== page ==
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The Red Line

Britain should adopt a points system for all immigrants

was widely observed that Brexit was driven by anti-immigrant sentiment. A new Ipsos poll
confirms that about half of Brits have a negative view of immigration, while
only 35 percent view it positively. Much concern has focused upon European
Union citizens currently residing in the U.K (they’ll certainly be
grandfathered, as will U.K. citizens living in the EU), but the real question
is what kind of long-term immigration policy the U.K. should adopt.

Does Brexit give us our best chance to kill too-big-to-fail?

The biggest U.S. banks are the strongest in the world, which is why we should break them up right now. They just passed the Federal Reserve’s annual “stress tests,” and they navigated smoothly the moderate stresses of post-Brexit financial markets turmoil, which has shaken many big European banks.

The alternative to break-up is Dodd Frank, the 2010 bank law that, instead, employs intensive regulation to ensure the safety of our “too-big-to-fail” banks. Recently, both the Federal Reserve and the House GOP announced proposals with the idea of ensuring bank safety without such smothering government oversight.

Both the Fed and House GOP proposed increased equity capital standards. However, they head in exactly opposite directions.

Backwards Brexit doomsayers

Brexit has brought forth a legion of Chicken Littles. They have predicted doom for the United Kingdom, stripped of its free access to the European Union’s common market, diminished in its own realm by Scottish independence and, then, the departure of Northern Ireland.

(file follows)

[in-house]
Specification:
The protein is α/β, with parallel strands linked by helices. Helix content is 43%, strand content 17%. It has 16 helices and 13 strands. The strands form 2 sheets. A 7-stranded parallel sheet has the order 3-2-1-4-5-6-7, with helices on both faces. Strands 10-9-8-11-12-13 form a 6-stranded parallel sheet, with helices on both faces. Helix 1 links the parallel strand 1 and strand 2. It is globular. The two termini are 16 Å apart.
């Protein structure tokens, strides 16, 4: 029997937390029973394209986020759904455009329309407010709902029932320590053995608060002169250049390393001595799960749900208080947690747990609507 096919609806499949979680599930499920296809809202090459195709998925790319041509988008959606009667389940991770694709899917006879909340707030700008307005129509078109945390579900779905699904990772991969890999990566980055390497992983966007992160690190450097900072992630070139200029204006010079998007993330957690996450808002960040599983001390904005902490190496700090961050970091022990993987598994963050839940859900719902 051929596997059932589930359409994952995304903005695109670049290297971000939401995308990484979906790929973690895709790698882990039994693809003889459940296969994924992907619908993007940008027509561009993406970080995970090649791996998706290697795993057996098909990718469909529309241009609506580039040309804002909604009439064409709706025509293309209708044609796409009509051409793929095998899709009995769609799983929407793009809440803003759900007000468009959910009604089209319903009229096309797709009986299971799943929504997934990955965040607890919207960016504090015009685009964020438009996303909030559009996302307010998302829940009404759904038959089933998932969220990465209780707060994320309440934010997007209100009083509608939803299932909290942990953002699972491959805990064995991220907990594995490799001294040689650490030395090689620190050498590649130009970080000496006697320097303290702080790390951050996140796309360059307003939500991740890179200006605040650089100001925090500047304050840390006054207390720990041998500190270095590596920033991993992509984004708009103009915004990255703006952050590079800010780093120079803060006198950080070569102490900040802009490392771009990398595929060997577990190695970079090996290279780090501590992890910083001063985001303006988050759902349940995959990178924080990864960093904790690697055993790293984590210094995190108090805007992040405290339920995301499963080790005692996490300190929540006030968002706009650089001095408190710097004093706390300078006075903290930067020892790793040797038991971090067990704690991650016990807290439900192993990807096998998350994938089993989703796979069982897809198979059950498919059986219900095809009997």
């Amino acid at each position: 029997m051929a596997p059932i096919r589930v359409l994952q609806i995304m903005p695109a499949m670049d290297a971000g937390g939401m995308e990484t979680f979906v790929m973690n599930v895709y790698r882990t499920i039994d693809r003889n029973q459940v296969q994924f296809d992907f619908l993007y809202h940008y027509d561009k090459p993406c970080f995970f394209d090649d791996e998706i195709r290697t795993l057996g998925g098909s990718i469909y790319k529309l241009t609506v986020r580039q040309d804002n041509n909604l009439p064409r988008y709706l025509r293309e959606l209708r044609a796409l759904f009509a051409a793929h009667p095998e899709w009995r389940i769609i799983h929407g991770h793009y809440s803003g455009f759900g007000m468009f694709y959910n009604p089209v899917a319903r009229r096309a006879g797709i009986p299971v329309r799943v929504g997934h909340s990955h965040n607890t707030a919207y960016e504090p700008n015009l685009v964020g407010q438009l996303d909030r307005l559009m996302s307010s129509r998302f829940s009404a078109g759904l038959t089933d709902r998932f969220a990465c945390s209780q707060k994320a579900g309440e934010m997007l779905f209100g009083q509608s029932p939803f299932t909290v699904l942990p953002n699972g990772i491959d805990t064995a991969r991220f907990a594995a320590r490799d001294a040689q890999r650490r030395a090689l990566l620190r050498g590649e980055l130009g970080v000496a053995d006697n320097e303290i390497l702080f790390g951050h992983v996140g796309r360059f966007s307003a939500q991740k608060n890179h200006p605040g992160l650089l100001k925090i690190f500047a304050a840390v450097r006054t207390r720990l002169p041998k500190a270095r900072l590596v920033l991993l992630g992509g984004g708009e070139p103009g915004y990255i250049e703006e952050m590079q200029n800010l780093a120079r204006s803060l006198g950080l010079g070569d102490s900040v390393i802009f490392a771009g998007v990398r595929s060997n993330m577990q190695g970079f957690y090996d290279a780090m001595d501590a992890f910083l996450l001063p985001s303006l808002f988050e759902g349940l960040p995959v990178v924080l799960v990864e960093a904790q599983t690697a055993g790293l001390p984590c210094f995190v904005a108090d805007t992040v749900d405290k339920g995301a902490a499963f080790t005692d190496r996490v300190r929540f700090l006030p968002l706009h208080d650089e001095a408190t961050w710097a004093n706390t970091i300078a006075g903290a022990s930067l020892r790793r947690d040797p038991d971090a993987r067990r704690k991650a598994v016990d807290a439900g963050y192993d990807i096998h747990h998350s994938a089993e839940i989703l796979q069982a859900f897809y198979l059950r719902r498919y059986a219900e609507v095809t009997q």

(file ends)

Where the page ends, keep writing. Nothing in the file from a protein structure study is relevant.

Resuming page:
The sky is not going to fall.

A Cautionary Tale for Politicians Pushing Universal Preschool

Yet another study has found that preschool yields no significant educational benefits. After spending £2 billion annually for almost a decade to fund an expansion of preschool to cover all three-year-olds, the United Kingdom had no lasting improvements in educational achievement to show for it, researchers have found.

Millions of lost American jobs show the high cost of unfettered free trade

Donald Trump’s assault on free trade has elicited almost universal pushback in defense of the global trading system. The president summed up his critique of trade in his inaugural address, describing its impact as “American carnage” in the form of “rusted out factories scattered like tombstones across the landscape,” after “one by one, the factories shuttered and left our shores, with not even a thought about the millions and millions of American workers that were left behind.”

Last year, Trump’s critique was validated in a study by MIT Professor David Autor and colleagues entitled “The China Shock,” which focused upon the extensive damage wrought by that one nation upon the American manufacturing sector.

The free-trade establishment conceded only that “some lose out,” referring to unemployed U.S. factory workers.

Restart deportation as a way of deterring illegal immigrants

In last week’s GOP debate, illegal immigration sparked heated exchanges about “amnesty,” the polarizing issue at the center of any reform proposal.

But as Marco Rubio pointed out, the failure of Washington politicians to solve the immigration problem over the past 30 years — primarily their failure to staunch the flow of illegal entry — Americans are so suspicious they will not accept any reform until the problem of illegal entry is solved conclusively.